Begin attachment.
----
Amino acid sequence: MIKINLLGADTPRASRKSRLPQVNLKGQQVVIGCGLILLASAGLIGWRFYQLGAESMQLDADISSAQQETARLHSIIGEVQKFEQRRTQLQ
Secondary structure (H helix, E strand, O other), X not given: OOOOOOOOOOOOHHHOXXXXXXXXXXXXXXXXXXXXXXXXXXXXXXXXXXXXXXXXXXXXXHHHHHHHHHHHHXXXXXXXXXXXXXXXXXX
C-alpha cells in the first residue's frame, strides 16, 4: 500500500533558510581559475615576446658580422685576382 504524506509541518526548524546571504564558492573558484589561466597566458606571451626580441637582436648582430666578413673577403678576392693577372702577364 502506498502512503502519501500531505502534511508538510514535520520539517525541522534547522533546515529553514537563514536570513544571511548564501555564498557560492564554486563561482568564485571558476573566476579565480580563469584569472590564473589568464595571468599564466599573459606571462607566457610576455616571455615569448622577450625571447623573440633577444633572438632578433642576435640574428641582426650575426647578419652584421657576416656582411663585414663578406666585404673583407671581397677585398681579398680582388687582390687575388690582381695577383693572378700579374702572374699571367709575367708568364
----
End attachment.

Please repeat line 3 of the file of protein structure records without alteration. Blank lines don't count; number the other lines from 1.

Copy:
C-alpha cells in the first residue's frame, strides 16, 4: 500500500533558510581559475615576446658580422685576382 504524506509541518526548524546571504564558492573558484589561466597566458606571451626580441637582436648582430666578413673577403678576392693577372702577364 502506498502512503502519501500531505502534511508538510514535520520539517525541522534547522533546515529553514537563514536570513544571511548564501555564498557560492564554486563561482568564485571558476573566476579565480580563469584569472590564473589568464595571468599564466599573459606571462607566457610576455616571455615569448622577450625571447623573440633577444633572438632578433642576435640574428641582426650575426647578419652584421657576416656582411663585414663578406666585404673583407671581397677585398681579398680582388687582390687575388690582381695577383693572378700579374702572374699571367709575367708568364